President Carter yesterday signed an $11 billion farm bill that he described as "a good investment" although it is more expensive than he had in mind.

At a Rose Garden ceremony, Carter labeled the new law as most far-reaching farm legislation enacted in 40 years. It boosts grain farmers' incomes, revamps the federal food stamp program and expands agricultural research.

While the bill's food stamp and price support sections will be costly to taxpayers, specialists say the measure's immediate effect on prices at the supermarket will be minimal.

Complimenting members of Congress who fashioned the farm law, Carter said that "as a farmer myself." he was pleased to sign the measure that renews and revises nearly every statute governing Agriculture Department programs.

Carter's signature marked the end of almost three years' work by Congress and two administrations to prepare the bill, which will be in effect for the next four years.

The President hailed the law as "a great boon not only for American farmer families but for anyone who consumes our products."

The bill tightens eligibility requirements for families with incomes above the official poverty level, while increasing aid to families with incomes under the poverty level.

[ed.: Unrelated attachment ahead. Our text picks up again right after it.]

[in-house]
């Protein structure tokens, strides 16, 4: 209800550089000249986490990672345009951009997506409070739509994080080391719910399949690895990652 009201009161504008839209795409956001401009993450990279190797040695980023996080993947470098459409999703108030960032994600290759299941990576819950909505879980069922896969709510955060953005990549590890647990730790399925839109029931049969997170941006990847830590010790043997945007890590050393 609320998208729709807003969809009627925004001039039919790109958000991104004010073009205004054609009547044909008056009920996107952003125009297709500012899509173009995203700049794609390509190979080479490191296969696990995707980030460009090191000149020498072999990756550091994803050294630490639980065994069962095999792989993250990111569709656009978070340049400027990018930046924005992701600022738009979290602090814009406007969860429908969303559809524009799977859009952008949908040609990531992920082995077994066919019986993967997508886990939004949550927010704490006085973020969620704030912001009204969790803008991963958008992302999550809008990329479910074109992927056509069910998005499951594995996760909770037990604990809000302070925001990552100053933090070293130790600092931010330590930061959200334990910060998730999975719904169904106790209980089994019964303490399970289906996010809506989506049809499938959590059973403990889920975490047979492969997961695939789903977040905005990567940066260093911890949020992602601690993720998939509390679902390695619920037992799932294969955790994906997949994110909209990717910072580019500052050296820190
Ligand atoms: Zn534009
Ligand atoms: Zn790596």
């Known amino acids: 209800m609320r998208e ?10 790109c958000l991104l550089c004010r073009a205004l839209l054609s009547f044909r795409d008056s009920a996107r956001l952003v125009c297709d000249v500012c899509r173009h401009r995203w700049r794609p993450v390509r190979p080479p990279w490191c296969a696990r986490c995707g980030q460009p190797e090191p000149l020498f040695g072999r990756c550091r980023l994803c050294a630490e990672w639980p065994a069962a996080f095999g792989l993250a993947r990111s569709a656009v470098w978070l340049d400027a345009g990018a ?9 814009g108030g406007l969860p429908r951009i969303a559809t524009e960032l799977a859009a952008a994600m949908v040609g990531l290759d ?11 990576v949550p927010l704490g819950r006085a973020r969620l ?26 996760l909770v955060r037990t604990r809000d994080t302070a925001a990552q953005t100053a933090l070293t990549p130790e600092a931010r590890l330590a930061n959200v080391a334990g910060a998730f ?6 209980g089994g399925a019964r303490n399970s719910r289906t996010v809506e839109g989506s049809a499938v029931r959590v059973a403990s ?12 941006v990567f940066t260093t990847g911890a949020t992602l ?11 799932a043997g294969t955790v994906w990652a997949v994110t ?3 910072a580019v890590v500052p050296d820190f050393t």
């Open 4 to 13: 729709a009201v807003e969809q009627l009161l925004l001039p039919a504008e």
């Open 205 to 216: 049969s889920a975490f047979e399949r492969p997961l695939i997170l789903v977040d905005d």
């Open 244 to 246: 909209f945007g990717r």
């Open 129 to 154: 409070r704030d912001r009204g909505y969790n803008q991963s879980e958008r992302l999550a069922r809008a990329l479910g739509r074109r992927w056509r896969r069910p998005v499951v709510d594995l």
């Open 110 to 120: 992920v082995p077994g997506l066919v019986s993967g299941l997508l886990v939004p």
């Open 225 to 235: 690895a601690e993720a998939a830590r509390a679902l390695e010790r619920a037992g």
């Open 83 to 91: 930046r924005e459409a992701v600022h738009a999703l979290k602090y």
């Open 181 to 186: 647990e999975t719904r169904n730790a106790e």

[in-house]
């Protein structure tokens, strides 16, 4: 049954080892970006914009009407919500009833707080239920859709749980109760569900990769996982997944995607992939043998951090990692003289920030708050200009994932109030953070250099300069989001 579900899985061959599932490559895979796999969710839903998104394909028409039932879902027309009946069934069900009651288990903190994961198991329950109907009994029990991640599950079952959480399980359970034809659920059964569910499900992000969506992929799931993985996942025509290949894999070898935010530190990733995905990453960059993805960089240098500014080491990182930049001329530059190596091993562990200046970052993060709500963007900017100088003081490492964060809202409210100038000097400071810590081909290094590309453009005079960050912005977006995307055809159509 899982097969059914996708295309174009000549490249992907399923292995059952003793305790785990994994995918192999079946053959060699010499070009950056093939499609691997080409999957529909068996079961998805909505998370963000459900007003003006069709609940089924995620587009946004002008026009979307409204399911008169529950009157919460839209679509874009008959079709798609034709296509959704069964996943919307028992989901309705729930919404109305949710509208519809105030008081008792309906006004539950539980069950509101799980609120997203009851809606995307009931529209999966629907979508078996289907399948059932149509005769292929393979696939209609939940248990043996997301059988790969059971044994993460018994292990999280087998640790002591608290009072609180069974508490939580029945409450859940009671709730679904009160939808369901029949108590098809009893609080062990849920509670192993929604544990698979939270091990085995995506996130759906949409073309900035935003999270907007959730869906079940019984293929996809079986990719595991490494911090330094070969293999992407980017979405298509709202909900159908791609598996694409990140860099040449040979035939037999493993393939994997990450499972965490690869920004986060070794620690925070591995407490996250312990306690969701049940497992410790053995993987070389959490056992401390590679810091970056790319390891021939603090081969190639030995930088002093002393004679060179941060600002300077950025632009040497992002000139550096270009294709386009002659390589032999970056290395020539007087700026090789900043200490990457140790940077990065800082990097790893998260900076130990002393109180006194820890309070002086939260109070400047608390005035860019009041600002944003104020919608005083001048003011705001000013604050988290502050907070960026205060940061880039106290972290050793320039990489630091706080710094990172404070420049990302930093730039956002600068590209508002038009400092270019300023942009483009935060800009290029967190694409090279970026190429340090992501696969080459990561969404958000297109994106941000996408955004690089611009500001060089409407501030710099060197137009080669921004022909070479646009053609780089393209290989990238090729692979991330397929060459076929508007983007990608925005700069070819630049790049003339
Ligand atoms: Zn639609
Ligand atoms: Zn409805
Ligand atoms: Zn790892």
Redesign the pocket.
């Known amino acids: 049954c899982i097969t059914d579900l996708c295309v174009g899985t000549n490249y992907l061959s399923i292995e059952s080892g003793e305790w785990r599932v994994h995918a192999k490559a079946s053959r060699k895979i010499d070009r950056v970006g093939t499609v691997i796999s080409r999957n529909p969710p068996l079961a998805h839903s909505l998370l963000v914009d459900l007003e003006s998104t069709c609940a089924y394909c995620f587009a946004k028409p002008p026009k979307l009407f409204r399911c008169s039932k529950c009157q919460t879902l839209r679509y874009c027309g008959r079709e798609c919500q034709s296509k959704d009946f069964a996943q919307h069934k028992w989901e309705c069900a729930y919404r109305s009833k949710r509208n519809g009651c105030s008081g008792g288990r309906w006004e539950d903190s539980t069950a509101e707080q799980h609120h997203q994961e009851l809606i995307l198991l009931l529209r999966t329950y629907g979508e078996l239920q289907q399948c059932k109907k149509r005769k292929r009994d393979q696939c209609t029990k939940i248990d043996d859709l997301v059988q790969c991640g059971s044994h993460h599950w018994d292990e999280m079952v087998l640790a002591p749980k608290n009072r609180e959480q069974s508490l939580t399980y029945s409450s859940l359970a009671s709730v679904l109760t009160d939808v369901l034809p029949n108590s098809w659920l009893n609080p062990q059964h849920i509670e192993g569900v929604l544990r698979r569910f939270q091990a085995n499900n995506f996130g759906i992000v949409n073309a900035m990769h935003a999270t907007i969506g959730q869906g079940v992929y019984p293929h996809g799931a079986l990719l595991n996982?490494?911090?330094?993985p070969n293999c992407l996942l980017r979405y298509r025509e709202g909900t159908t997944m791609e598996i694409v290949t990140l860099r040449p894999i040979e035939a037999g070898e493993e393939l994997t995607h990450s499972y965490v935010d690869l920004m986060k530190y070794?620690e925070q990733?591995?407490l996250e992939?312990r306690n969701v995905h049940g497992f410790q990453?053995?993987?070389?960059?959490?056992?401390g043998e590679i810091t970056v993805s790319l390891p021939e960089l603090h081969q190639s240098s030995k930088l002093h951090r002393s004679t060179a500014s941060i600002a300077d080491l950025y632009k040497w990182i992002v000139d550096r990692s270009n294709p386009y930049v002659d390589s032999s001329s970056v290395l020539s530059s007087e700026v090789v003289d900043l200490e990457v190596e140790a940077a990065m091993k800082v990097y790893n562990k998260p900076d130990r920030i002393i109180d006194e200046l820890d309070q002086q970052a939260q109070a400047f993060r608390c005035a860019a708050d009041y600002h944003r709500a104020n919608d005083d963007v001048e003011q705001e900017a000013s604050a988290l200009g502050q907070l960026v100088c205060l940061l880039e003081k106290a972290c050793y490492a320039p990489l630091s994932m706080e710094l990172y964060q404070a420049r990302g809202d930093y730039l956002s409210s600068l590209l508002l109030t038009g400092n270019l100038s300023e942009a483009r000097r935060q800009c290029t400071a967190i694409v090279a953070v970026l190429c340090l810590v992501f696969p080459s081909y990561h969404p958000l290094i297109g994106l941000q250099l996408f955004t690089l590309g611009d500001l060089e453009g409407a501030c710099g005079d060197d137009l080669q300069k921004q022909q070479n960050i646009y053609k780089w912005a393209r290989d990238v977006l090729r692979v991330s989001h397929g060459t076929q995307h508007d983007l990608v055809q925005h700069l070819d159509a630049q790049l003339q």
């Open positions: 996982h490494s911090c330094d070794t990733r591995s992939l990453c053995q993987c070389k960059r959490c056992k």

The $11 billion estimated annual price tag on the bill is about $2 billion more than Carter said he wanted to spend, but he said the bill will lead toward stability for the farm economy and farm programs.

Price support sections of the bill, in which the government guarantees minimum prices farmers can get for their crops, will cost up to $4.4 billion a year and the food stamp program will cost $5.6 billion annually, the administration says.

Actual spending on crop-related programs depends primarily on the weather in this country and in other major crop-exporting nations. Favorable growing weather, bumper harvests and slow foreign demand for U.S. grains would keep prices low, prompting higher government payments to help farm income keep pace with production costs.

The farm bill will provide a record $1.2 billion in such payments for wheat farmers, who have harvested a surplus-building crop this year of 2.03 billion bushels.